Debunking the Egg
It has long been thought that eating eggs, in particular, the yolk of the egg could raise the level of cholesterol in the human body. New research has proven otherwise. In a study recently published in the Journal of the American College of Nutrition, evidence was presented that the risk of cardiovascular disease in men and women did not increase with eating more eggs. Conversely, it showed the opposite. Healthy test subjects had lower serum cholesterol levels than those subjects who abstained from eggs. In fact, people who ate eggs regularly, had a lower risk factor for developing both stroke and heart failure. Futher, in one study, when people ate three or more eggs per day, the cholesterol in their bodies was transformed from having artery-clogging tendencies to having artery-scrubbing or antiatherogenic properties.
In all, the egg contains many vitamins and minerals that the body needs, such as Vitamins E and B12, folate, antioxidants such as lutein and zeaxanthin, good for eye health, and omega 3 and omega 6 fatty acids, not to mention 6 grams of protein. Eggs also contain vitamin D and A, iron, phosphorus and zinc. Also, one egg has a small amount of fat- only 5 grams- 1.5 grams saturated and 3.5 grams unsaturated. The latter numbers are important because research has shown that a diet high in saturated fat increases the level of LDL(good) cholesterol, and that dietary cholesterol(i.e. the cholesterol in eggs) has a relatively small effect on the LDL. Even more interesting, eating eggs may increase the HDL cholesterol which counteracts the effect of LDL cholesterol in the body, therefore lessening the heart disease risk.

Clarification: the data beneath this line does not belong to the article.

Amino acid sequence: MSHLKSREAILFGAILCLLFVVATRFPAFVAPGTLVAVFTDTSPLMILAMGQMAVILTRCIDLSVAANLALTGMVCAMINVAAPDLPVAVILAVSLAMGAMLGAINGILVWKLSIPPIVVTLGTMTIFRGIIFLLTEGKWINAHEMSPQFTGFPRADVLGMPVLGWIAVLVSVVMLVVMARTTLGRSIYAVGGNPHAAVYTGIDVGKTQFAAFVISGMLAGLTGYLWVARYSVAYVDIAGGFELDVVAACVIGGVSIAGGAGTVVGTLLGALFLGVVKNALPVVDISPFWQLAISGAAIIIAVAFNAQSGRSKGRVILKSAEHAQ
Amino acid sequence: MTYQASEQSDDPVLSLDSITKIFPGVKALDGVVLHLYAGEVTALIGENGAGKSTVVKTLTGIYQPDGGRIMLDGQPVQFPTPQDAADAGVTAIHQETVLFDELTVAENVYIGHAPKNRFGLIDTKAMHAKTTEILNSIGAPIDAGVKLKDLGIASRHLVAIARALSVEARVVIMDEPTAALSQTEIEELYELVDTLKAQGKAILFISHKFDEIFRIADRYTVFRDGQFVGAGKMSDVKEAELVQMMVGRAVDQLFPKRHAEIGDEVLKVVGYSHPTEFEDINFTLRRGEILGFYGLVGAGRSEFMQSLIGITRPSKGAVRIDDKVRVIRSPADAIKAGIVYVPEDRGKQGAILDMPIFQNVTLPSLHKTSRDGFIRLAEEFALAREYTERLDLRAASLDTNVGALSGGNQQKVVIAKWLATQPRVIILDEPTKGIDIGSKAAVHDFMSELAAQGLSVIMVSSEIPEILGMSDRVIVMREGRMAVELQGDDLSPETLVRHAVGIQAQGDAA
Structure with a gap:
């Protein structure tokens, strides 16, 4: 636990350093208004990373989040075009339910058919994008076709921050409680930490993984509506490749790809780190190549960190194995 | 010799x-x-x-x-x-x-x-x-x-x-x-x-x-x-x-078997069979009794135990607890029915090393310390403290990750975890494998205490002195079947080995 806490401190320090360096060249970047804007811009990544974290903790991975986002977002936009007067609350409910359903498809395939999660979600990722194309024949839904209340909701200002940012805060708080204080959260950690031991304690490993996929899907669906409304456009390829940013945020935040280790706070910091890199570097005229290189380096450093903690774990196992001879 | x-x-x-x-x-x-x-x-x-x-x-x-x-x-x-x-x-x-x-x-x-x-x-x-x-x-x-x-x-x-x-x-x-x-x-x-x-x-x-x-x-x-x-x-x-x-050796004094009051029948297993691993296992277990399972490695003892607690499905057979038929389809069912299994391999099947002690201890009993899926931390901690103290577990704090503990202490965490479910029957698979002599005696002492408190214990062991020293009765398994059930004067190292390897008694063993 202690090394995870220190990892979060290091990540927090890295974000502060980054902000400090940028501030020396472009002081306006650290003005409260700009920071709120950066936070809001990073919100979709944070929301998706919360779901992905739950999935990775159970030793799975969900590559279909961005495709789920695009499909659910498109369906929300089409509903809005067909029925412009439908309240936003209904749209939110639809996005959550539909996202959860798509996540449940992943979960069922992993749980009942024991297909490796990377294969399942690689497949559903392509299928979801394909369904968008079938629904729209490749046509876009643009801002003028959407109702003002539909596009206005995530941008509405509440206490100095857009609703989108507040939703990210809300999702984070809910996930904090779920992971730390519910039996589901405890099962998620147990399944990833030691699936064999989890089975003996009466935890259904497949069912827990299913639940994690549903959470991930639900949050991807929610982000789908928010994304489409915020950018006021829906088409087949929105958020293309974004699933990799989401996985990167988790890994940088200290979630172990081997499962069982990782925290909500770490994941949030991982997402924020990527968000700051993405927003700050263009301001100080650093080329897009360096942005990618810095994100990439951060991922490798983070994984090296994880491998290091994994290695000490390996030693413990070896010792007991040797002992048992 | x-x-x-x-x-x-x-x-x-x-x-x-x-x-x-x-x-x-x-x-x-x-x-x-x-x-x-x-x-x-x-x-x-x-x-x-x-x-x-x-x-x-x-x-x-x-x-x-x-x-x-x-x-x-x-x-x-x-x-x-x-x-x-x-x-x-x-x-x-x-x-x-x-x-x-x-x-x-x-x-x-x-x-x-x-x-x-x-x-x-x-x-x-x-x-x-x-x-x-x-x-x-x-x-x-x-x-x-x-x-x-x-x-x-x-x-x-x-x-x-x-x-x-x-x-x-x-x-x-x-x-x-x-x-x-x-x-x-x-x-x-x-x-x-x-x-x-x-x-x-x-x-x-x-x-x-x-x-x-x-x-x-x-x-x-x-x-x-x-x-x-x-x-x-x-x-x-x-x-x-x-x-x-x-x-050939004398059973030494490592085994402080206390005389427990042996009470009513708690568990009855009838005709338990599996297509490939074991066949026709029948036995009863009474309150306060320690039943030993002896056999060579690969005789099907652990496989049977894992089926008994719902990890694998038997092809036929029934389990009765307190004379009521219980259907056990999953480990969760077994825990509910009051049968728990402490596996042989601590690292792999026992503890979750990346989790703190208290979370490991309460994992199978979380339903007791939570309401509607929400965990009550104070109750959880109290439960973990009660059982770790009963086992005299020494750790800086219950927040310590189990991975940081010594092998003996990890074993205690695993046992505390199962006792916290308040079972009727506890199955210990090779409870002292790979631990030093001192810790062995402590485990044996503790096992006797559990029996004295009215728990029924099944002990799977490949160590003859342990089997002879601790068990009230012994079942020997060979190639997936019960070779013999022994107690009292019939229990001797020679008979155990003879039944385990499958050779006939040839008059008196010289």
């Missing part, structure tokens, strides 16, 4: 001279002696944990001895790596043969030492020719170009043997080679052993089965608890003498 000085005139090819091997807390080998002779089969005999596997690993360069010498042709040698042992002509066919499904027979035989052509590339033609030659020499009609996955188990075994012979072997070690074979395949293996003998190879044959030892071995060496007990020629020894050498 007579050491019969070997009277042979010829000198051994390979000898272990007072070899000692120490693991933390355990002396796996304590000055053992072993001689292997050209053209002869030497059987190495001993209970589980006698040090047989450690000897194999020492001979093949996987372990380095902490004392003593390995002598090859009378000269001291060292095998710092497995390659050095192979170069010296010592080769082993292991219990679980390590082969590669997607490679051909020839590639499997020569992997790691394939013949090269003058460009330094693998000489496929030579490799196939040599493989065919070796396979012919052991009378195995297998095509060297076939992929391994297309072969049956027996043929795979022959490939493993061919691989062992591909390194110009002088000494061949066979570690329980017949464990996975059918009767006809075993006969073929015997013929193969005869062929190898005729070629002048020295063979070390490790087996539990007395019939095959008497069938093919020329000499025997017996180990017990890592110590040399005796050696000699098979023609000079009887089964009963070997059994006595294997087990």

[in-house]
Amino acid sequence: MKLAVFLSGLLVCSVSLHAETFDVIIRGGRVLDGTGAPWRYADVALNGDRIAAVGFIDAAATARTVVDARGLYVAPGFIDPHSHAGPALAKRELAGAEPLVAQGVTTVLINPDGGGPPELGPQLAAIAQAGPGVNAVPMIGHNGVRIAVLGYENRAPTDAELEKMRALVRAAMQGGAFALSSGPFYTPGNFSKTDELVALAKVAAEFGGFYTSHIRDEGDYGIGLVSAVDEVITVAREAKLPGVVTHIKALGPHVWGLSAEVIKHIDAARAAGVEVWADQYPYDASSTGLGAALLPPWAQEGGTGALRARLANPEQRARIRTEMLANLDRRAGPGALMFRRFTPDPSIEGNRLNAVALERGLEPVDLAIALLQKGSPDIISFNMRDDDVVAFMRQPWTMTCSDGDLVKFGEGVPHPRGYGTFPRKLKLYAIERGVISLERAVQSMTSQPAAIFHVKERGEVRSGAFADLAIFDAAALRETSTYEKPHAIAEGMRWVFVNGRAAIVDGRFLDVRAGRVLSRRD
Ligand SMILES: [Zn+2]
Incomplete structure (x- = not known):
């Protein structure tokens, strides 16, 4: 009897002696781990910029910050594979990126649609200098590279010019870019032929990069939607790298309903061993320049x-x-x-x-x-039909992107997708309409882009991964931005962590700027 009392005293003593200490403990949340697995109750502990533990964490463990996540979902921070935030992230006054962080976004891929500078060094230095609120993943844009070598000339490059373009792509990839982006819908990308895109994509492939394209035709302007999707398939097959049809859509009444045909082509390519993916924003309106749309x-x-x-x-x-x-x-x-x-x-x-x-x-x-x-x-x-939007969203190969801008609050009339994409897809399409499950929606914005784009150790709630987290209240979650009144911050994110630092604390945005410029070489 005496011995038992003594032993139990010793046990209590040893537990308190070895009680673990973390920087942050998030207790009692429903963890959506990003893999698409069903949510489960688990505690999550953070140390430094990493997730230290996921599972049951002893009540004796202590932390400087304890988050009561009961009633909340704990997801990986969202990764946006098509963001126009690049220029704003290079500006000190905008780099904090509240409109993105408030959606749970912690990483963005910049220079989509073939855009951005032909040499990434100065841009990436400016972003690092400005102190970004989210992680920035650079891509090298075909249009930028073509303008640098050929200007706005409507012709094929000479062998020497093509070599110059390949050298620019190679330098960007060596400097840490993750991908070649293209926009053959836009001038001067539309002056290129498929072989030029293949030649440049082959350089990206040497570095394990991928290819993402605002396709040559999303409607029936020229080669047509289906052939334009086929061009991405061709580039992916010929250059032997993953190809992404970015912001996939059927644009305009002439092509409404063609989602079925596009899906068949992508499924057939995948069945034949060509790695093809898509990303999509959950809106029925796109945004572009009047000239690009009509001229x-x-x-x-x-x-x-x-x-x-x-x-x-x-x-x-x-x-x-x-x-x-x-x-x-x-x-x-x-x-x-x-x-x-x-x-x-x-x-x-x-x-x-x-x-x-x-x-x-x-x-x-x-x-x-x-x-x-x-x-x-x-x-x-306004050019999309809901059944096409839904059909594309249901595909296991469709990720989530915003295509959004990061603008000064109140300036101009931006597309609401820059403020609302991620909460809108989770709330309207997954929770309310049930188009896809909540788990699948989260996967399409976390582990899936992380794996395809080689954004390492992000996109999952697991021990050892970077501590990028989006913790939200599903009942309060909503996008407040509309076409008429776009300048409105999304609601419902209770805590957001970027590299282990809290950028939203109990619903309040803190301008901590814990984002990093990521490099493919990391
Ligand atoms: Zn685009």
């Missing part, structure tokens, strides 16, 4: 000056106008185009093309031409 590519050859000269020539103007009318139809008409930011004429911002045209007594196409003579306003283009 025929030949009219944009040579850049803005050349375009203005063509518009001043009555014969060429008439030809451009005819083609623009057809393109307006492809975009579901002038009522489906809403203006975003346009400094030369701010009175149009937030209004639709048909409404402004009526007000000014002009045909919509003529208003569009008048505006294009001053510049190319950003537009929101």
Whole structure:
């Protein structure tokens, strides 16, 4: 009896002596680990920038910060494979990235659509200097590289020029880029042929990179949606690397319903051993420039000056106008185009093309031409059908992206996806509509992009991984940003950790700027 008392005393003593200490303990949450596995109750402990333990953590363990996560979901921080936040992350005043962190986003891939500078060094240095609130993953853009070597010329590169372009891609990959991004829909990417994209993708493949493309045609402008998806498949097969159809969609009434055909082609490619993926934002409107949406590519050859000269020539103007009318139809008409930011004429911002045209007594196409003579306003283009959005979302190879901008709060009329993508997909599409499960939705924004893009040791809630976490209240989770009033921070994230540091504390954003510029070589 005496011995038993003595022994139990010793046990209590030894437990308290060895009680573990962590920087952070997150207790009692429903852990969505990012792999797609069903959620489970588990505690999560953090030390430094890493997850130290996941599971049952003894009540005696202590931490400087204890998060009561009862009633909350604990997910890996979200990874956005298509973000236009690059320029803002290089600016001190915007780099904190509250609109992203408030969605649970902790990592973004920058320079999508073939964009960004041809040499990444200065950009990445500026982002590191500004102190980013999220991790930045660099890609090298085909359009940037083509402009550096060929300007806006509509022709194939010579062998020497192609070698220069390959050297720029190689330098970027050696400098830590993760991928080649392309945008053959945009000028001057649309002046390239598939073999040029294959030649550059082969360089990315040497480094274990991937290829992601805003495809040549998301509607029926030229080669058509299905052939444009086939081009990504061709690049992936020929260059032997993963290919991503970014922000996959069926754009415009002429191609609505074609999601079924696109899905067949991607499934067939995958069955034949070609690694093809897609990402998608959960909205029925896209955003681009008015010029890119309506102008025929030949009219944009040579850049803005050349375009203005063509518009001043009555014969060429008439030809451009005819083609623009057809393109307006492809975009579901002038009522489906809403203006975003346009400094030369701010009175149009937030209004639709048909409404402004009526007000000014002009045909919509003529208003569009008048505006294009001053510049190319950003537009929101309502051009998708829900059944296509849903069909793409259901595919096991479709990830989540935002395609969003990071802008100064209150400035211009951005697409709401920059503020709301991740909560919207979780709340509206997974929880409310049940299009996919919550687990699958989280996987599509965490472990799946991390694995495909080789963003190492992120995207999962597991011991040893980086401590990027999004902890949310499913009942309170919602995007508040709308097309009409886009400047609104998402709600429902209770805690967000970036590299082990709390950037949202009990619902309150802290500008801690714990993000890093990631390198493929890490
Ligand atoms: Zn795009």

Eggs are also an excellent source of choline, an essential nutrient that functions in the operations of all human cells, and in particular, proper functioning of the liver, brain and nervous system. Research has shown that people today are deficient in this vital nutrient.
In total, the egg definitely seems to be a super-food, perfectly balanced by nature, and filled with essential vitamins and minerals. Perhaps our ancestors knew what they were doing when they consumed protein-rich breakfasts, of which eggs were the number one component.